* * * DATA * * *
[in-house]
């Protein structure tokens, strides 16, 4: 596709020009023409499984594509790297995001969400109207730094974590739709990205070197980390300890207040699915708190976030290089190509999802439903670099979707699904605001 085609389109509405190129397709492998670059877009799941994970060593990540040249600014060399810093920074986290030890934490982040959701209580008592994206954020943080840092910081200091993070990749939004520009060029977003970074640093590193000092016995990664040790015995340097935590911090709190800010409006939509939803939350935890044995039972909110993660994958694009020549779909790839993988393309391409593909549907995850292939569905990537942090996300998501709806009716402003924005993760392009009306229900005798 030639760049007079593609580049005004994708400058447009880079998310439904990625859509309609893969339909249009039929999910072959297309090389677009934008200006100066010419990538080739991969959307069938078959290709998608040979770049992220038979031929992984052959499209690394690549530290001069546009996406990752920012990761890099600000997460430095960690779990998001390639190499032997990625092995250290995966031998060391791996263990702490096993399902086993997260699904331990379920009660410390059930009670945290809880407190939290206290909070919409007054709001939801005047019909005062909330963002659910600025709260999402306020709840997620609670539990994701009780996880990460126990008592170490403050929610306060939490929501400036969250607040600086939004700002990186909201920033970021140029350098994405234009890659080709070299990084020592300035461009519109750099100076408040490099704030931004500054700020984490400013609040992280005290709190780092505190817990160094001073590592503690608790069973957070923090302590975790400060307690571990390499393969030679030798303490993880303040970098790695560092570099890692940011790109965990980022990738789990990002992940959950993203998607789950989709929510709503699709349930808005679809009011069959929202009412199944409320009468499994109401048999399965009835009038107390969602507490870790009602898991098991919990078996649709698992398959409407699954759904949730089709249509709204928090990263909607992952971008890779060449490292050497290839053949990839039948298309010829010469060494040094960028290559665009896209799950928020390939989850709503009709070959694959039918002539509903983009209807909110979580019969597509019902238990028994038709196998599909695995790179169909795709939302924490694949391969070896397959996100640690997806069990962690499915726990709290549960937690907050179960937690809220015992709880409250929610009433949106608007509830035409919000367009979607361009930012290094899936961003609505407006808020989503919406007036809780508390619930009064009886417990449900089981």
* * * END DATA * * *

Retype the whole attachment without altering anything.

[in-house]
């Protein structure tokens, strides 16, 4: 596709020009023409499984594509790297995001969400109207730094974590739709990205070197980390300890207040699915708190976030290089190509999802439903670099979707699904605001 085609389109509405190129397709492998670059877009799941994970060593990540040249600014060399810093920074986290030890934490982040959701209580008592994206954020943080840092910081200091993070990749939004520009060029977003970074640093590193000092016995990664040790015995340097935590911090709190800010409006939509939803939350935890044995039972909110993660994958694009020549779909790839993988393309391409593909549907995850292939569905990537942090996300998501709806009716402003924005993760392009009306229900005798 030639760049007079593609580049005004994708400058447009880079998310439904990625859509309609893969339909249009039929999910072959297309090389677009934008200006100066010419990538080739991969959307069938078959290709998608040979770049992220038979031929992984052959499209690394690549530290001069546009996406990752920012990761890099600000997460430095960690779990998001390639190499032997990625092995250290995966031998060391791996263990702490096993399902086993997260699904331990379920009660410390059930009670945290809880407190939290206290909070919409007054709001939801005047019909005062909330963002659910600025709260999402306020709840997620609670539990994701009780996880990460126990008592170490403050929610306060939490929501400036969250607040600086939004700002990186909201920033970021140029350098994405234009890659080709070299990084020592300035461009519109750099100076408040490099704030931004500054700020984490400013609040992280005290709190780092505190817990160094001073590592503690608790069973957070923090302590975790400060307690571990390499393969030679030798303490993880303040970098790695560092570099890692940011790109965990980022990738789990990002992940959950993203998607789950989709929510709503699709349930808005679809009011069959929202009412199944409320009468499994109401048999399965009835009038107390969602507490870790009602898991098991919990078996649709698992398959409407699954759904949730089709249509709204928090990263909607992952971008890779060449490292050497290839053949990839039948298309010829010469060494040094960028290559665009896209799950928020390939989850709503009709070959694959039918002539509903983009209807909110979580019969597509019902238990028994038709196998599909695995790179169909795709939302924490694949391969070896397959996100640690997806069990962690499915726990709290549960937690907050179960937690809220015992709880409250929610009433949106608007509830035409919000367009979607361009930012290094899936961003609505407006808020989503919406007036809780508390619930009064009886417990449900089981």